House Rabbits – dealing with destruction

House rabbits are extremely popular these days, with many families enjoying and appreciating the inquisitive and social characters of these wonderful pets. Bringing them into the home does come with some risks though, and one of the regular complaints we see is the damage to furniture, walls and carpets from chewing.

Posted: 26 June 2018

House Rabbits – dealing with destruction


It’s important to know what advice can you offer your clients to help. In this article we review some of the problems and make some suggestions to alleviate the problem

In the wild, rabbits will spend much of their time eating grass and moving about their patch. Housed rabbits on the other hand will usually have all their food provided in one easy location, requiring no effort to seek and chew. As a result they’ll have a lot more free time, and there is a tendency to become bored and develop some antisocial habits.

When a ‘house rabbit’ is first brought into the home, they can be allowed access to the home but only under strict supervision. If they can’t be supervised they should be returned to a safe indoor enclosure. With time, the areas where supervised access is allowed and the period of time can be increased and the level of supervision may be reduced.

Preventing destructive behaviour

Destructive behaviour generally reflects a level of boredom and an inability to satisfy a behavioural need. We therefore need to provide high levels of physical, nutritional and social enrichment and stimulation to reduce the thresholds for boredom.

Physical Enrichment

Physical enrichment involves making the environment appealing and safe and allowing it to perform all of its natural behaviours. For rabbits, this includes digging, tunneling, grazing and chewing. In the home, this can be achieved in a number of ways;

  • Cardboard tunnels and hides - tubes and boxes, such as those from carpet shops and supermarkets, provide ideal hiding and tunneling toys. They’re safe and inexpensive and will provide hours of fun. Fill the boxes with clean bedding, hay or soil to allow them to burrow and dig.
  • Scatter food - dry food pellets can be placed in all sorts of different areas around the home. By doing this, the animal will have to actively move about looking for food. This helps to keep them mentally and physically stimulated.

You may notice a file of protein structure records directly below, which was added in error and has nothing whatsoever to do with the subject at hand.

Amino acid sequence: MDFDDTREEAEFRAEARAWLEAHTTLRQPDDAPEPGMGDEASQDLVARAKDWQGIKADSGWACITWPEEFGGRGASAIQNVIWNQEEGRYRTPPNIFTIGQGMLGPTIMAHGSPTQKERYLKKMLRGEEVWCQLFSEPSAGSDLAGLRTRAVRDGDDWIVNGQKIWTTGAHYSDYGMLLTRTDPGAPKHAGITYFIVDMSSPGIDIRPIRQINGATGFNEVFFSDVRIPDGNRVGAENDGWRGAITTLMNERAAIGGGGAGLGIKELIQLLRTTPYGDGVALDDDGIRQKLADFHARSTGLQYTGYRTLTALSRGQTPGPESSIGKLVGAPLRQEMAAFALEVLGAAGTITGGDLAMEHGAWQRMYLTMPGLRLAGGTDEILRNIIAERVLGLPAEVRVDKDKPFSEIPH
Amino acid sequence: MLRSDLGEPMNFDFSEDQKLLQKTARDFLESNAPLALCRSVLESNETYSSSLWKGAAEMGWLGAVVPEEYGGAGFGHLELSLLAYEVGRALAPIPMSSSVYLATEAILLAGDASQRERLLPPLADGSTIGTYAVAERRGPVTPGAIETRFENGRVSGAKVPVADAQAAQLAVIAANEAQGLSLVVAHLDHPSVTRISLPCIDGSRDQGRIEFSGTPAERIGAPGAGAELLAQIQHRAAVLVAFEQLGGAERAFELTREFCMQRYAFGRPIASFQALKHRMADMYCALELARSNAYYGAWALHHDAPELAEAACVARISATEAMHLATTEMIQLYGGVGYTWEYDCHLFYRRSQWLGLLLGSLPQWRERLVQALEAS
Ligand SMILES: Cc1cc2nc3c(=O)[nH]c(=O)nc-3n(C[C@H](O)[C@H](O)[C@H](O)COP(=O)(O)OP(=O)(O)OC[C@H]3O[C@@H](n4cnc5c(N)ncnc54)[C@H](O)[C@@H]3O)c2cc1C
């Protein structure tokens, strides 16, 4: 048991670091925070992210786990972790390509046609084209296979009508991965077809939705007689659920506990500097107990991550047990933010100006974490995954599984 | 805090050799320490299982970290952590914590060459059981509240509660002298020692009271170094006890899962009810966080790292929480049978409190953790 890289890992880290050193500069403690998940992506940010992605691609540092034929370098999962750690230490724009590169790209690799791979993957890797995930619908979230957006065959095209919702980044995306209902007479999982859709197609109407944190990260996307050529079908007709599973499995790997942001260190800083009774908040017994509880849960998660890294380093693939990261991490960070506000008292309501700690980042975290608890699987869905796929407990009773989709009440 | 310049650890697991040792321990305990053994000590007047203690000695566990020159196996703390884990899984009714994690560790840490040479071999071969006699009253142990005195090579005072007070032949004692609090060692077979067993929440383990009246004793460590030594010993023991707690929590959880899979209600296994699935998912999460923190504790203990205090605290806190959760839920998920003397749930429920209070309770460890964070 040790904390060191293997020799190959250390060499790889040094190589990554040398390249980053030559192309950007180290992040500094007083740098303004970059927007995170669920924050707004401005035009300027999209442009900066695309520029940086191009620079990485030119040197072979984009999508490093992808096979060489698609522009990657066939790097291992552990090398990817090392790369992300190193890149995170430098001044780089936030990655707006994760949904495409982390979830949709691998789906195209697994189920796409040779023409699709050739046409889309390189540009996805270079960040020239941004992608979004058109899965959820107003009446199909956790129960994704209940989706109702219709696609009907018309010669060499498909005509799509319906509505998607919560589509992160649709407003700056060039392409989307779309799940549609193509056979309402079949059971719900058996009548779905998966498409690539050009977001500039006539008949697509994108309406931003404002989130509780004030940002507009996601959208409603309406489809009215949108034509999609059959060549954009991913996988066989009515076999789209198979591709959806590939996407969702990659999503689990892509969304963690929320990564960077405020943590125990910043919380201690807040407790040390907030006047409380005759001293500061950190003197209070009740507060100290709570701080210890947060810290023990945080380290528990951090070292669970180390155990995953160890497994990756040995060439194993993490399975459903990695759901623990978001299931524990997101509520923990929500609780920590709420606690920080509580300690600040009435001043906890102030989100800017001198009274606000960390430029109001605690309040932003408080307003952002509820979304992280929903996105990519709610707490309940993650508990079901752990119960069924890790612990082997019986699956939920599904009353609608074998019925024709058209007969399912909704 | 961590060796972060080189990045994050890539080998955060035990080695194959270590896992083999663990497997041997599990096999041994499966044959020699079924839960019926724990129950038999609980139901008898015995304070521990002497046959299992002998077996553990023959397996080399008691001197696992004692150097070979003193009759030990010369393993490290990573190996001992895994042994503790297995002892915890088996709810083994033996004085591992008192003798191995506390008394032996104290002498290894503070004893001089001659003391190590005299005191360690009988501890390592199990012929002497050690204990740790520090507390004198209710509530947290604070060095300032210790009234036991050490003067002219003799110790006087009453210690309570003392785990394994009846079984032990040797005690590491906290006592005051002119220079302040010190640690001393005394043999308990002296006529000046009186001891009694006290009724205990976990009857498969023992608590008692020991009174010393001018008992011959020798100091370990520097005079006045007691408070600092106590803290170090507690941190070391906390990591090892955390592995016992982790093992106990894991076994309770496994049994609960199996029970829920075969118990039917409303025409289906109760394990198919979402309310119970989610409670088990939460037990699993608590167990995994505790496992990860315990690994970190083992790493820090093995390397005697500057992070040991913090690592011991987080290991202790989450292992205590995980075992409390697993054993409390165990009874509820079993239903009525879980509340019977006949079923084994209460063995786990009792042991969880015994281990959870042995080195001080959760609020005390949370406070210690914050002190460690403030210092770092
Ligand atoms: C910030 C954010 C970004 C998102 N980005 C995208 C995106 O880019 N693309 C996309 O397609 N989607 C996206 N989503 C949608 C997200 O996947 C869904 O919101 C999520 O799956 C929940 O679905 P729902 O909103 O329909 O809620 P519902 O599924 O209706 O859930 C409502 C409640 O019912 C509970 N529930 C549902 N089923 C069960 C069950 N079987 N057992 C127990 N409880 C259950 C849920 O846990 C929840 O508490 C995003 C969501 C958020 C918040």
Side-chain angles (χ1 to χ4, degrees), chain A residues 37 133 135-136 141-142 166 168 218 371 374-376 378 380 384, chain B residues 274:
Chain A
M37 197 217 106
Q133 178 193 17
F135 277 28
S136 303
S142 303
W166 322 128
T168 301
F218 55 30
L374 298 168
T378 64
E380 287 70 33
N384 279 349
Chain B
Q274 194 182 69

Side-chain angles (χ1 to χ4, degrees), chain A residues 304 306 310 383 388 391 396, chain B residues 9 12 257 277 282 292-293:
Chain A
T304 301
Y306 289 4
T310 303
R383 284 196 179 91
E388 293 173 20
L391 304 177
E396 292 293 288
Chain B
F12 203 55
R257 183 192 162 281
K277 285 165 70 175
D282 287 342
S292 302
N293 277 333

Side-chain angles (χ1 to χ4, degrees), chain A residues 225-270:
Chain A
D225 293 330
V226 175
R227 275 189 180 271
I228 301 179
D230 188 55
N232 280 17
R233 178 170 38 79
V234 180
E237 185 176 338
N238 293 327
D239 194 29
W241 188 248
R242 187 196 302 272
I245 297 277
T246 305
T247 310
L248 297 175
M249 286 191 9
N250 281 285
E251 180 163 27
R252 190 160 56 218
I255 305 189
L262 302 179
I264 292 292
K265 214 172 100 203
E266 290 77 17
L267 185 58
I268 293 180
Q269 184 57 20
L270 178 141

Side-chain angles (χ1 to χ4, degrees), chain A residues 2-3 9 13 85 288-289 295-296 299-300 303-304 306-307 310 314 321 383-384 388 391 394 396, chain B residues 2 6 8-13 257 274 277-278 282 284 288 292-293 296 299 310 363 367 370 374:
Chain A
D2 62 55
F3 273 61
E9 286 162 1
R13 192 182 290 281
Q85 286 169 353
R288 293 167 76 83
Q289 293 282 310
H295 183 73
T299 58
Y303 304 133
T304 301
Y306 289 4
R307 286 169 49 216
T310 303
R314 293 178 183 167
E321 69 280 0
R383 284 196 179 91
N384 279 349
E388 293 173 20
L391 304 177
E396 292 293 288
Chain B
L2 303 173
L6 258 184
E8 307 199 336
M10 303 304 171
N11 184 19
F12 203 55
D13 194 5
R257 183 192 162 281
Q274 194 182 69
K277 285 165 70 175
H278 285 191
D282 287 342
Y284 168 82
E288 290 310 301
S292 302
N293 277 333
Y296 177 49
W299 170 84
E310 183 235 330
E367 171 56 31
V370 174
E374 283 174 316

• Deep bedding – add plenty of fresh dust free bedding hay or shredded paper. This will allow the rabbit to settle and hide, so reducing unwanted stereotypic behaviour

Nutritional Enrichment

Healthy food treats can be used as opportunities for foraging to stimulate mental activity and increase exercise. This can be as simple as;

  • Hay bottles - stuffing fresh hay into a suspended plastic water bottle
  • Food line – attaching bunches of hay to a line with a wooden peg, or maybe creating a string of vegetables fed onto a line
  • Activity balls – hard plastic balls sold for dogs can also be used for rabbits. As it’s rolled around, pieces of food fall out.
  • Move it around – why not suggest moving furniture, food items and treats into different areas within the home, forcing the rabbit to take part in an active hunt for food. This will help with sensory enrichment.

When discussing this with your clients it’s important to warn them not to overfeed. Unless they reduce the daily feed accordingly there is a risk of obesity when overfeeding treats.

A rabbit living in an environment that offers high levels of enrichment is less likely to develop destructive behaviours. Enrichment can be applied to social interactions, the manner in which food is obtained and by play.

Did you know that Burgess Pet Care has a range of feeding treats?

Aversion therapy

  • Talk about punishment - it’s worth having the conversation with your clients about punishment. Find out if or how they react to their pet when it chews. Some suggest punishment can be used as a means of dealing with destructive behaviour, such as using short, sharp clap of the hands or stamp of the feet. This can be effective but only if it’s done at the exact time of chewing. It’s vital that the rabbit associates its antisocial behaviour with the aversion stimulus and thereby learns not to perform the behaviour. Once the rabbit has stopped chewing, praise and distraction must be given to help discourage the behaviour.
  • Avoid using direct distractions – this is often tried but usually fails. Distraction methods such as picking the rabbit up and moving it to food treats will only reinforce the unwanted behaviour. The chewing will become a learned attention seeking behaviour.
  • Bitter tastes and smells – it may help to treat the furniture or carpet with a bitter spray, though it’s probably better to just deny access to these areas whilst simultaneously increasing the level of enrichment.